PASCAGOULA, Miss. (AP) - Dolphins in the Mississippi Sound from western Horn Island to eastern Petit Bois Island have been photographed since the summer of 2010 as part of the assessment of damages from the Deepwater Horizon oil spill.
On Wednesday, representatives from the National Oceanic and Atmospheric Administration and the Mississippi Department of Environmental Quality demonstrated how the on-the-water portion of the bottlenose dolphins study has been conducted.
In a separate study, skin and blubber samples have been collected from dolphins.
NOAA spokesman Tim Zink said, "What we are doing here is building a database. The dorsal fin on a dolphin is a unique identifier. It is like a fingerprint. We go out and photograph the dorsal fins of these dolphins and then build a database that helps us understand where they live, where they travel."
The photos give the dolphins an identity.
"We know if we are suddenly not seeing dolphins in a place that they should be that we may have a problem on our hands or if we find them dead we know where they lived," Zink said.
The study of dorsal fin photos and biopsy samples are part of the Natural Resource Damage Assessment process, he said.
Dolphin deaths also are being investigated as part of an "unusual mortality event" in which more than 700 dolphins have died since February 2010.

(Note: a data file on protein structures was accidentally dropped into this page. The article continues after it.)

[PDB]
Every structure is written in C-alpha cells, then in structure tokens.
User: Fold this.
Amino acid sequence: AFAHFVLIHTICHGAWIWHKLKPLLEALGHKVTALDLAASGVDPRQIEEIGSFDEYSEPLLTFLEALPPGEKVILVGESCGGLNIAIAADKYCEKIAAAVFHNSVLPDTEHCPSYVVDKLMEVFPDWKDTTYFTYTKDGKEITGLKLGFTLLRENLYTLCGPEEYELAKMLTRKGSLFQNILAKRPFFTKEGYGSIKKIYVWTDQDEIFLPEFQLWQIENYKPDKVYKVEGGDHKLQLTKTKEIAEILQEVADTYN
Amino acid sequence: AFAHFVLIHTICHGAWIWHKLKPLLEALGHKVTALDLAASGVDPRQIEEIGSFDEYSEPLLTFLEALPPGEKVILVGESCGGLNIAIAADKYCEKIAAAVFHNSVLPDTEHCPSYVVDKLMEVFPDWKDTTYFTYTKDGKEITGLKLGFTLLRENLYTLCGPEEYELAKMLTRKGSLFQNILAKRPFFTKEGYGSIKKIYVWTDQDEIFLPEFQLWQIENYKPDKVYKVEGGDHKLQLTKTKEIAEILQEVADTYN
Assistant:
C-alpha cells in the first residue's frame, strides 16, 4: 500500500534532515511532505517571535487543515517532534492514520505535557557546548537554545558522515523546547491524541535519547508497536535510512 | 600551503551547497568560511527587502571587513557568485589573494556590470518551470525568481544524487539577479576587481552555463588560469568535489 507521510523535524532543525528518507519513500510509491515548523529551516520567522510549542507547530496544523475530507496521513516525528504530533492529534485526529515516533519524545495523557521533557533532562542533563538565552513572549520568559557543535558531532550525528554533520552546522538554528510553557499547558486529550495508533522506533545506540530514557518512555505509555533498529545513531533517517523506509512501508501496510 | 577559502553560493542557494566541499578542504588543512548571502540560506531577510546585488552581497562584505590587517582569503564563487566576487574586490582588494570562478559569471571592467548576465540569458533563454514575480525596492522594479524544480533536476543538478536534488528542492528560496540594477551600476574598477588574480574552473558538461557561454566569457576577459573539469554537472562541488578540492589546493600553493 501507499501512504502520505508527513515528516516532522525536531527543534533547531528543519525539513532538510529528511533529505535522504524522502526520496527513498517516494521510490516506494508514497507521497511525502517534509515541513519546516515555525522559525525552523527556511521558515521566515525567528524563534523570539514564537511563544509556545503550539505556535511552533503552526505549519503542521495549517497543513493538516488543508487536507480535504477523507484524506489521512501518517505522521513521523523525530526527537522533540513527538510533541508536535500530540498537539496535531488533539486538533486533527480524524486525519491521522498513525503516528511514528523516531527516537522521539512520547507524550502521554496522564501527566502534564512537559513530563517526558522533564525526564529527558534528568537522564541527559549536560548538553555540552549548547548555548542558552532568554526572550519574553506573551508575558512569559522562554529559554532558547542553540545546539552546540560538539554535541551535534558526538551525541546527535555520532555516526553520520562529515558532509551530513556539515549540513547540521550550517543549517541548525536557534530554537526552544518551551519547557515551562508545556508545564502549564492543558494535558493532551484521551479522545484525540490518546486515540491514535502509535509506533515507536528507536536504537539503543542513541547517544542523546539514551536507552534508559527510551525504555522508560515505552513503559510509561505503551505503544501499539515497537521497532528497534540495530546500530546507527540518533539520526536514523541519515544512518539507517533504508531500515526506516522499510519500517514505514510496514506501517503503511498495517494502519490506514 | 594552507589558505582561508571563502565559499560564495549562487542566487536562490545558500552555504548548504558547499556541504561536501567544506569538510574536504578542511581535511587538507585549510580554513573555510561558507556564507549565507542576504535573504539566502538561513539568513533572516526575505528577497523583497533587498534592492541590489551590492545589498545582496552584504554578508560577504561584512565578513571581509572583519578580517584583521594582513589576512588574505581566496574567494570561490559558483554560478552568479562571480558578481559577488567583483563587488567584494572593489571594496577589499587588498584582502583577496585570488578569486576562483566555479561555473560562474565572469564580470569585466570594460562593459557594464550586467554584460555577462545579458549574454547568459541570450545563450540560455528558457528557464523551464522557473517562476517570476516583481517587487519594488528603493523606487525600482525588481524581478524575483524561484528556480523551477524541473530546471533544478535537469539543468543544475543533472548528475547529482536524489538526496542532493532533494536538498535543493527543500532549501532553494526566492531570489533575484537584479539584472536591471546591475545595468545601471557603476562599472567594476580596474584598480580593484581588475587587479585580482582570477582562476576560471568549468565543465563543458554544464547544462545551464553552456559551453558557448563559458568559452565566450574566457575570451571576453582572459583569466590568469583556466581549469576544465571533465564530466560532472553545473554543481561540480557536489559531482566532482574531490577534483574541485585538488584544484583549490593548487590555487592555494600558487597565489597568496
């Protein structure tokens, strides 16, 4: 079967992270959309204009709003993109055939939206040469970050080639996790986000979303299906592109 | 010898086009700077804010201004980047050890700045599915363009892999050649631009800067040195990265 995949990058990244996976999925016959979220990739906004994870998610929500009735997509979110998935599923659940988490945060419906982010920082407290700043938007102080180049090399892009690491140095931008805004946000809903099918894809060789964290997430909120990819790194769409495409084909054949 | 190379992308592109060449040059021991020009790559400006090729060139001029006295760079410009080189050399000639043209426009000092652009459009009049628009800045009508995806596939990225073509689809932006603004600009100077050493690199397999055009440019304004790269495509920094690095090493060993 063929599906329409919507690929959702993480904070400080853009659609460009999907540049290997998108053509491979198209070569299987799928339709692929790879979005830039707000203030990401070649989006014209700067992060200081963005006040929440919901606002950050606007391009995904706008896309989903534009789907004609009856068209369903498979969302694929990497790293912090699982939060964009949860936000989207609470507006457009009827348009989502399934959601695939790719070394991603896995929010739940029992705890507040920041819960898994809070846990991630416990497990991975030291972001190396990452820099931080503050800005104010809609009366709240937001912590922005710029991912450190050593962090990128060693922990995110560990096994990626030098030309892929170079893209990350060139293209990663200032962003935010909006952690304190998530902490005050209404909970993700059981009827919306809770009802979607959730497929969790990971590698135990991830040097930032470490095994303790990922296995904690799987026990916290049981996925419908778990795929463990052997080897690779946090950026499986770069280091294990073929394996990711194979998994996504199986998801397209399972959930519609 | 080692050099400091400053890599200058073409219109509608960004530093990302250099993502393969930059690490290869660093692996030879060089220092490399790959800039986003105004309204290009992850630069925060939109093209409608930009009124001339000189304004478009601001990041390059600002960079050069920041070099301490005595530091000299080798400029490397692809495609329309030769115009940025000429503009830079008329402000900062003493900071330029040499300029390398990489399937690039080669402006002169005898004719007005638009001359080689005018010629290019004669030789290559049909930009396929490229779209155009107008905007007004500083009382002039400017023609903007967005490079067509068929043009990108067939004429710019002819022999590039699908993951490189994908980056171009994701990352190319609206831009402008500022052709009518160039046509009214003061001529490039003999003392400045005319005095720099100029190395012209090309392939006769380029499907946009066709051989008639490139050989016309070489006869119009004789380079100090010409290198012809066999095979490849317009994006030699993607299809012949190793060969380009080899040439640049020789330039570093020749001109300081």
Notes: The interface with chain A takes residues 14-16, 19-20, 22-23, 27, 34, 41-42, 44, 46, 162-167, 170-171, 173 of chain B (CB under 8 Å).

"The unusual mortality event investigation began two months before the oil spill, and it has been a rare event in that we have never seen an unusual mortality event investigation last as long or involve so many dolphins.
"We can't definitely say the oil spill played a role or contributed to that, but it is one of the likely causes that we are investigating very closely," Zink said.
Keith Mullin, a research biologist with NOAA's National Marine Fisheries Service, said the dorsal fin and biopsy studies have focused on the Mississippi Sound, Chandeleur Sound and Barataria Bay in Louisiana.
"We want to see how abundance changes or doesn't change over the study period," Mullin said. "We can also make estimates of survival."
The dorsal fin study also should yield information about reproduction, he said.
The tissue samples are tested for DNA and evidence of hydrocarbons, he said.
Mullin said there is no official estimate on the number of dolphins in the Mississippi Sound study area, but he estimated "well over a thousand dolphins use that area."
Dolphins are an indicator of the ecosystem's health, the said.
"They are top level predators," he said. "In order for there to be top level predators, the rest of the ecosystem has to be functioning well."
Richard Harrell, director of MDEQ's Office of Pollution Control, said the damage assessment process will likely take years if not decades to complete.
"We've got documentation of oil exposure," Harrell said. "We've got documentation of dolphins swimming through oil that came ashore. They definitely got exposure. The challenge now is showing the nexus of injury. What is the injury to the dolphins and how much that injury may be."
The goal of the damage process is to determine the damages, what restoration projects are needed and the compensation to public for the lost use of resources, he said.
A preliminary finding of 32 dolphins captured in Louisiana's Barataria Bay found them "very sick."
The dolphins were captured in August 2011 and found to suffer anemia, low body weight, hormone deficiencies, liver disease and lung problems.
Barataria Bay was heavily oiled during the spill.
"In a nutshell, those findings are a bit scary," Zink said. "We are finding some very sick dolphins."
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